As if we don’t already have enough cases of depression in the United States, now we can add Facebook Depression to that list. A recent study has found that the more time a person spends on the social network the more they feel as if their friends are happier then them and lead better, more exciting lives.
Reported by Miller-McCune the study also found that Facebook users who have “friends” they don’t actually know are more depressed since it adds to the feeling that everyone is “happier” then they are.
According to the provided research:
“The more hours people spent on Facebook, the stronger was their agreement that others were happier.”
The study also found that people who used the social network less typically found that “Life is fair.”
According to lead researcher and Utah Valley University sociologist Hui-Tzu Grace Chou, the change in attitude about our own lives is likely due to “correspondence bias” which occurs when someone assumes another person is happier then them because of happy pictures, happy status updates and other happy posts. Since a Facebook user can’t tell if the action of a friend is “all for show” they generally begin to feel bad about their own life.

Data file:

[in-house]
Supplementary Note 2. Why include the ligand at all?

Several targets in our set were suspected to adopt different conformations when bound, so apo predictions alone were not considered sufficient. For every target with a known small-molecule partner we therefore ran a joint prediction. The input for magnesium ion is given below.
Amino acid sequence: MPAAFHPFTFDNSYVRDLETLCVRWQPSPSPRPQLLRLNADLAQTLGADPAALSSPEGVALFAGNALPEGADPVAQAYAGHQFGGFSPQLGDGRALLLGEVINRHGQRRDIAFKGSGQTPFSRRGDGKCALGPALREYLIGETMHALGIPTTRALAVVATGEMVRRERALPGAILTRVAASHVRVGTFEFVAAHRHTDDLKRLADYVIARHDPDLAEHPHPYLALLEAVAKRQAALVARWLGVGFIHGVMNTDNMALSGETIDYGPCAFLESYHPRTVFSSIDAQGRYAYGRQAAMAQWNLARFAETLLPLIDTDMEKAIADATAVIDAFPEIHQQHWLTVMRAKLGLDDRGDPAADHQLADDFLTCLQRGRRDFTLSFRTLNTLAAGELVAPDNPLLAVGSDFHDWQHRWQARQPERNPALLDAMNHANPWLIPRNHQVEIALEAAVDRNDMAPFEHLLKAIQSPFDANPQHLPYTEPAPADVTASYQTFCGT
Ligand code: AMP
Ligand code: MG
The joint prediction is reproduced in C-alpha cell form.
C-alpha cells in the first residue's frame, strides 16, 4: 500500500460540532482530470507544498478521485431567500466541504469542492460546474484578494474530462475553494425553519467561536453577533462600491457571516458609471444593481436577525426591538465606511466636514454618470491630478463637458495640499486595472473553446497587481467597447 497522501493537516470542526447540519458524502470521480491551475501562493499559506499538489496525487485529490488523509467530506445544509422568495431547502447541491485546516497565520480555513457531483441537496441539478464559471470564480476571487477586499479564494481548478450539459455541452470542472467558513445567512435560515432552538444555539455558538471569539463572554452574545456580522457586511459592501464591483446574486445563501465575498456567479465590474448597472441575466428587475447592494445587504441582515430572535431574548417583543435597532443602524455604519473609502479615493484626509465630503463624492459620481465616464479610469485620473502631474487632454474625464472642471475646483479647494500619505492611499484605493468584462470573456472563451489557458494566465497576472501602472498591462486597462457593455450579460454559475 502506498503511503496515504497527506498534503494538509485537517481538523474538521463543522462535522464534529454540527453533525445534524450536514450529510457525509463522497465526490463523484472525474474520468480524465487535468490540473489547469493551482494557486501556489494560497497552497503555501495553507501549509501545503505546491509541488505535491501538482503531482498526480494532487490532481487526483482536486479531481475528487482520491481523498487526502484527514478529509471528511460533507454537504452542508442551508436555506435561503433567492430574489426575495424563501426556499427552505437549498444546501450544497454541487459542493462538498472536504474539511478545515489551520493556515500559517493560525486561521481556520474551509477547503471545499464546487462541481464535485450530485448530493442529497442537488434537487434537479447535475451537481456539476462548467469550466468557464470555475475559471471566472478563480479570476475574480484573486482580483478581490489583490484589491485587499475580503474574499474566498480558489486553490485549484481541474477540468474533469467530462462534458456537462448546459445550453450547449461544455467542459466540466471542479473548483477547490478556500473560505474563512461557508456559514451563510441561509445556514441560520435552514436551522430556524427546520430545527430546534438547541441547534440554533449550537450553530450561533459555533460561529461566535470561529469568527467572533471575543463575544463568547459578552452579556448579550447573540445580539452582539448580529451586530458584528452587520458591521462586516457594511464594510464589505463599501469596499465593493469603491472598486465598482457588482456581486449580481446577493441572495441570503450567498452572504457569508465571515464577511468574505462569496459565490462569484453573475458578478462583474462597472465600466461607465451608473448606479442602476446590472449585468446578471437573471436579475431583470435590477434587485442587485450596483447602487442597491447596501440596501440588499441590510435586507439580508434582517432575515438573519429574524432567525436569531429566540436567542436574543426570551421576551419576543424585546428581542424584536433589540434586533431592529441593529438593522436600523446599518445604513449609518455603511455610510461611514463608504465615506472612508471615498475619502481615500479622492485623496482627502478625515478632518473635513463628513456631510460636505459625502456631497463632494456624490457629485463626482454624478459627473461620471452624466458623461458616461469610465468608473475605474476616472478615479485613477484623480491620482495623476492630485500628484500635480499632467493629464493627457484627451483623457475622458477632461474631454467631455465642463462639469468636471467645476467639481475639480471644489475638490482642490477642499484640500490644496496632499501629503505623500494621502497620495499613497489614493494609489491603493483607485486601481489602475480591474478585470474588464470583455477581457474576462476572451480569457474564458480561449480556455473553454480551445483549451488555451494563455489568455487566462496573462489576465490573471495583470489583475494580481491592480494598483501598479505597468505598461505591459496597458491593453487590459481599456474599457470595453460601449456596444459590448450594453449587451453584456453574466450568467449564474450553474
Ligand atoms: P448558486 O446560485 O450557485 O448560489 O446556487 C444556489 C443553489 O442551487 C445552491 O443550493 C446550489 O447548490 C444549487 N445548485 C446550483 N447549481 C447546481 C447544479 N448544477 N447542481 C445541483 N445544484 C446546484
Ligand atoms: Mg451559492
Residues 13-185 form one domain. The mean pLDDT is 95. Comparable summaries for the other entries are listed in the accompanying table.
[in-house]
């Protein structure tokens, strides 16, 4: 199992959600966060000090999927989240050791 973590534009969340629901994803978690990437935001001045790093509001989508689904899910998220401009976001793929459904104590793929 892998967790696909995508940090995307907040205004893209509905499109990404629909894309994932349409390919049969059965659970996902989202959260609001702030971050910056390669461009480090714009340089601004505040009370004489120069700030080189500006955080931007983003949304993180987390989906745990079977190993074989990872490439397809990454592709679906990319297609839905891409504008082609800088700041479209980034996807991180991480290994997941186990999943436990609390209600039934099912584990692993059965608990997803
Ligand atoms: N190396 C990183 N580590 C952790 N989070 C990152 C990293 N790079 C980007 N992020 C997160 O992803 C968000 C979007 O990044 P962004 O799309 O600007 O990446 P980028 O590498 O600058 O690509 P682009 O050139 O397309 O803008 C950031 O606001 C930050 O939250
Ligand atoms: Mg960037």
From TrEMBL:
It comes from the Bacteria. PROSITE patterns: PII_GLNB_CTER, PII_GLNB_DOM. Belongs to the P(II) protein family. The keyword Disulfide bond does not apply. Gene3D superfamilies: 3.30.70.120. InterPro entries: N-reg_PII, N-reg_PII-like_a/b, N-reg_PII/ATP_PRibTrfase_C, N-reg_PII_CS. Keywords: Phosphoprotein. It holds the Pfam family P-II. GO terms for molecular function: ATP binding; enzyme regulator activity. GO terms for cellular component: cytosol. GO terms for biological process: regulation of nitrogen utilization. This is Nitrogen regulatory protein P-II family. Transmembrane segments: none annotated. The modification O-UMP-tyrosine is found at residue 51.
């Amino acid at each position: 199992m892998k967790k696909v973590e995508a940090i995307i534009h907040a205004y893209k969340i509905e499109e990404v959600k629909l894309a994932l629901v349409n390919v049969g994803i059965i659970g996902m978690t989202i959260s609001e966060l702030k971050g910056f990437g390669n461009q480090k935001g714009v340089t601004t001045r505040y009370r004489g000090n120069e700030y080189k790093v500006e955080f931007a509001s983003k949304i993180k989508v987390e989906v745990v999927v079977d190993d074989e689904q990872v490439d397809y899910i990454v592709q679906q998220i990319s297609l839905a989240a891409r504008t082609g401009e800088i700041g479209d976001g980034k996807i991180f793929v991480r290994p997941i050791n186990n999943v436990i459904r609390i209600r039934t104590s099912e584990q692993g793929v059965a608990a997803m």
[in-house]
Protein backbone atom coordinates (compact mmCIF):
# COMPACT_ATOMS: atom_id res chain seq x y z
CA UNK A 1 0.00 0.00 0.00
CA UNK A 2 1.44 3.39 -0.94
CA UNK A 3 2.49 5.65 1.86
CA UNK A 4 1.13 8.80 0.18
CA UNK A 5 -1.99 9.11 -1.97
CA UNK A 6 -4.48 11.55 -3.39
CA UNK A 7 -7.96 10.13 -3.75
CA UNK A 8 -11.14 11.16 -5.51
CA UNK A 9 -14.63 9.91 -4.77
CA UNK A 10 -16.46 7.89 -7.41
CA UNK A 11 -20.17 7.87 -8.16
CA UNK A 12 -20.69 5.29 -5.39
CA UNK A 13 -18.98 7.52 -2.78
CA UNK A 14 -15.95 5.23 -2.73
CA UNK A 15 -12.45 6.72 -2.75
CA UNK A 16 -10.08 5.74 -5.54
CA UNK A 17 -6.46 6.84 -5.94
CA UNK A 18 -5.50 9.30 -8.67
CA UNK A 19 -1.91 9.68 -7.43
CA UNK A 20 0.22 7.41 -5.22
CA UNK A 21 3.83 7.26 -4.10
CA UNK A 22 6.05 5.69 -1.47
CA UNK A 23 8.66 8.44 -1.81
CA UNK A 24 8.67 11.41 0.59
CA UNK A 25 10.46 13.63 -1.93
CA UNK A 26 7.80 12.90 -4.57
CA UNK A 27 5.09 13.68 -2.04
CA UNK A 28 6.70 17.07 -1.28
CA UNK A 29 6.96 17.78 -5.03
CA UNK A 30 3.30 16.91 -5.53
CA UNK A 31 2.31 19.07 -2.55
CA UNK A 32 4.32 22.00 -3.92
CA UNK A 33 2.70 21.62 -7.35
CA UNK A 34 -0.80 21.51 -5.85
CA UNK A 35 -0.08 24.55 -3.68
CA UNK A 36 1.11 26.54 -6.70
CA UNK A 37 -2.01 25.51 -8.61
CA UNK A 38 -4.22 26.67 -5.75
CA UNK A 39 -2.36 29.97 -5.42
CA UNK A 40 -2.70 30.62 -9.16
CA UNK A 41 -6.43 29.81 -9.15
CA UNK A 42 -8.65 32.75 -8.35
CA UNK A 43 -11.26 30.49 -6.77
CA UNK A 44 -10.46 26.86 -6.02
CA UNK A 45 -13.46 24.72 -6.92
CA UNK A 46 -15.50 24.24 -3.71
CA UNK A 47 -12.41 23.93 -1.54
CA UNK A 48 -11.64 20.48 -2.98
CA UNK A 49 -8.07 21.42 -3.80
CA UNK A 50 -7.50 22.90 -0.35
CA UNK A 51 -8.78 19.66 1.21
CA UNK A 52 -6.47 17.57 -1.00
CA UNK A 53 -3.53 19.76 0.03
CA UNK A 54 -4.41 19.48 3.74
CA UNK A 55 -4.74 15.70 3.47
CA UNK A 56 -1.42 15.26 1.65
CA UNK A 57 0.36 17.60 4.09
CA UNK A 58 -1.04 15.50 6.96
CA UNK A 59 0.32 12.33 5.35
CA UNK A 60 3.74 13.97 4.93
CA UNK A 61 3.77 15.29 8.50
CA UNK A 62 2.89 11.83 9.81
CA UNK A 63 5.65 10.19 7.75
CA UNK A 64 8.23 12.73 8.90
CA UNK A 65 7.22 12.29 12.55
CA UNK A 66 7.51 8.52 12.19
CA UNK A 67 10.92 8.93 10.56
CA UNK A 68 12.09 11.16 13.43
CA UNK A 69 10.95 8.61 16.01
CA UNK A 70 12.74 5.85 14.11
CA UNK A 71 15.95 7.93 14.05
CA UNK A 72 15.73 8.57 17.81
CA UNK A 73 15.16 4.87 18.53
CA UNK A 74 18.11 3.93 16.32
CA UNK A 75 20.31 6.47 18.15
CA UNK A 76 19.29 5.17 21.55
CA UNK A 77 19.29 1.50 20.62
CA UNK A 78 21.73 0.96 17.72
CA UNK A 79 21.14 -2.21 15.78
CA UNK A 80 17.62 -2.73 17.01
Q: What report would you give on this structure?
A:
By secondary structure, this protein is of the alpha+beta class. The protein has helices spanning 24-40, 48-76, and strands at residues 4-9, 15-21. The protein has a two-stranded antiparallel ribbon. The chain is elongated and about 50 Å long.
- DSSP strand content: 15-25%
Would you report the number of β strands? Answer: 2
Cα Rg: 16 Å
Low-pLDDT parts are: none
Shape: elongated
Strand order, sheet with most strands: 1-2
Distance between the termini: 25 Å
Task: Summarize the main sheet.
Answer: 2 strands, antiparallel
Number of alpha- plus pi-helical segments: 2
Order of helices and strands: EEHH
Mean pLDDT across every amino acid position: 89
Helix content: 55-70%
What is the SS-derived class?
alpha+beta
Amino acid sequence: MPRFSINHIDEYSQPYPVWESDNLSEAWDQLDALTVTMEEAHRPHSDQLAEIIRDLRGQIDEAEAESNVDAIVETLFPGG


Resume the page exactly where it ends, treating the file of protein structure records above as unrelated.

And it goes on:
The study confirmed it’s findings by talking to people who spend more time socializing with friends in real life. According to the projects author real life socialization leads to a less strong feeling that other people are happier then you.
The moral of the study? It’s fine to use Facebook, just remember to hop offline every now and again and spend time with your friends so you can realize they’re just as happy or miserable as you are.